'Hijacking' of the ASA condemned by Borrie

The Advertising Standards Authority is in danger of being

'hijacked' by companies abusing the self-regulatory system to gain

commercial advantage over rivals, the ASA's newly appointed chairman has

warned.



The watchdog body, formed almost 40 years ago to protect the public

against dishonest and offensive advertising, now finds that almost one

in every ten complaints it handles is by one advertiser against

another.



The situation is provoking fears that the ASA's true purpose is being

subverted and that the body's adjudication process, often attacked as

too long and laborious, is being slowed even further.



And it led to a warning at last week's annual ISBA conference , where

Lord Borrie, the ASA chairman, asked delegates: 'Is this what the ASA is

really for?'



Borrie acknowledged that companies had every right to appeal to the ASA

and that industry complaints could open up issues on consumers'

behalf.



But he questioned whether the number of industry-to-industry complaints

handled by the ASA was evidence of advertisers keeping their houses in

order or of the self-regulatory system being hijacked to support a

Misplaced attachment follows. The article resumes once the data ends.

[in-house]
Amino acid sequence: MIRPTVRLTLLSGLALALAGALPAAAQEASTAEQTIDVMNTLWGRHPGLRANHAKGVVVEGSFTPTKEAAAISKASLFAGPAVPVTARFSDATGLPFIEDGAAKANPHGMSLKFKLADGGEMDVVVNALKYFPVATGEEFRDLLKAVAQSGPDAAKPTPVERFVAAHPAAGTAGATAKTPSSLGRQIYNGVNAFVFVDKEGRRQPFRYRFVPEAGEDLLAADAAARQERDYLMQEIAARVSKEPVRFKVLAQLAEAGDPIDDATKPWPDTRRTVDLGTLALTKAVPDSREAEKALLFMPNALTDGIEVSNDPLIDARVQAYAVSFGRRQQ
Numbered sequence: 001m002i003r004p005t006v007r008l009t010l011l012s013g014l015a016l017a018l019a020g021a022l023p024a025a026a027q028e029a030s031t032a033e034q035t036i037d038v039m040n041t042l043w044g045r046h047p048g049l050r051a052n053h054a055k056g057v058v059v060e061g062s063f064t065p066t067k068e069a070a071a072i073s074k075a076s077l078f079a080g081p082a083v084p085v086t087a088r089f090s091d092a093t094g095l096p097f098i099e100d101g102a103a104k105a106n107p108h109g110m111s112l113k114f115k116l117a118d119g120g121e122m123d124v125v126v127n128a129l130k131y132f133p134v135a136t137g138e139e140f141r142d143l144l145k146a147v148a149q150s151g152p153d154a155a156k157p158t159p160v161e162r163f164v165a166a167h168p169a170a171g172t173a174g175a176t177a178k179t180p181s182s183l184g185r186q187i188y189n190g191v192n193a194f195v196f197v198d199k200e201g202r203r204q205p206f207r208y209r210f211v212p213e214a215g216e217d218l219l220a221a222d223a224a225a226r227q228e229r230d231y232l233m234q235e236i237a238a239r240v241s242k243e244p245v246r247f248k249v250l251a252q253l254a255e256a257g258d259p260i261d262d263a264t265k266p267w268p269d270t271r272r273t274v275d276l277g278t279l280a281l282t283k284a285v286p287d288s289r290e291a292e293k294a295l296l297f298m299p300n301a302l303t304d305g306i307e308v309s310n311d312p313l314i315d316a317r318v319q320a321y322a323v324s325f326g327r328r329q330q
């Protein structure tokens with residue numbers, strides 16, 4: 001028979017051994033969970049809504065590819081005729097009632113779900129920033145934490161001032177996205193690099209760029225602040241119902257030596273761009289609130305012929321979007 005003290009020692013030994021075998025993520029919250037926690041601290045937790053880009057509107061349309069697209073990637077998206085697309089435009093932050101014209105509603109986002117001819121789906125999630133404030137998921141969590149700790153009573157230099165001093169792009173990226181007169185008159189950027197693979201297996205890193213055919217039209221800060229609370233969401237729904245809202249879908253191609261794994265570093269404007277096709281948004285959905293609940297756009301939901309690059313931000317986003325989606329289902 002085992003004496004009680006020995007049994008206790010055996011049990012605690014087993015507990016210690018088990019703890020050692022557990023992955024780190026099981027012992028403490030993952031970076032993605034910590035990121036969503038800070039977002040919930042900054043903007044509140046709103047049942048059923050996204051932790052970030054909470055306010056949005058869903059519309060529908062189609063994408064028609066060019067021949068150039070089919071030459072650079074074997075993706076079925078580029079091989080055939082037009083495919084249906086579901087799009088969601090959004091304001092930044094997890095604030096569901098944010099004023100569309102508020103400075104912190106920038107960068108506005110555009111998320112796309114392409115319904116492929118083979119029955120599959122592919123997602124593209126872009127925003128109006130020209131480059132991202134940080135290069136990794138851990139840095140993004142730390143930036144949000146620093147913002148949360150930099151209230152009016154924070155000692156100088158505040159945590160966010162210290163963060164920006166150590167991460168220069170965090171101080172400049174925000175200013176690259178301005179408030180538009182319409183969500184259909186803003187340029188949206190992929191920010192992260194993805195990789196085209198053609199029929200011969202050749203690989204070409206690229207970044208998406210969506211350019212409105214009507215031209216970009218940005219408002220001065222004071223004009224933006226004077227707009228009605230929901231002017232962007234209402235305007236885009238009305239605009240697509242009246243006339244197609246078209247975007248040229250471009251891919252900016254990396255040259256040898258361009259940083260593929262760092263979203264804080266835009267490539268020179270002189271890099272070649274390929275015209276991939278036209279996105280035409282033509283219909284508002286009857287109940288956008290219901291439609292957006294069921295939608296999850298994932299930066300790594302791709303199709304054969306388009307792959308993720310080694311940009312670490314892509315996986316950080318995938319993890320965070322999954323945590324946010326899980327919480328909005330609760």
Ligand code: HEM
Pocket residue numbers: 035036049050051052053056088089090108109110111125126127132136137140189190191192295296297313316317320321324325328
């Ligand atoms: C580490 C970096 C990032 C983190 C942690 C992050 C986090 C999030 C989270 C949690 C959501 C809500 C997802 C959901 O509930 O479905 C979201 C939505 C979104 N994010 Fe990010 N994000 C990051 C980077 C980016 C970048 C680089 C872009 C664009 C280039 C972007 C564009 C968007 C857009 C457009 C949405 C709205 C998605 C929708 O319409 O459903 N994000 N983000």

marketing strategy.



Borrie claimed industry complaints took up a disproportionate share of

the ASA's resources because they were most likely to need outside

experts to evaluate evidence or result in appeals to the ASA's

independent reviewer.



'We are doing our best to address the issue of speed,' he said. 'But as

fast as we try to speed things up there are those whose actions slow us

down.'



Meanwhile, Richard Eyre, the former ITV chief executive, poured scorn on

the so-called digital TV revolution, claiming that technology was moving

much faster than people's willingness to change their habits.



Free-to-air TV would remain a powerful medium for advertisers over the

next decade with TiVo-type technology transforming the viewing behaviour

in no more than 20 per cent of households, he said.



Eyre, who resigned from RTL, the European media giant, last month and

has been tipped as a future BBC director-general, said it did not follow

that leisure-rich people would pay to have personalised access to the

kinds of TV programmes they previously watched for free.



He told the conference that the foreseeable future would be dominated by

free-to-air TV funded by advertisers presenting and sustaining premium

brands 'to a populace whose main use of the TV set is at the end of the

day when they prefer - within reason - to relax with the broad but not

limitless choice of entertainment afforded to them by not having to make

a very great deal of effort'.



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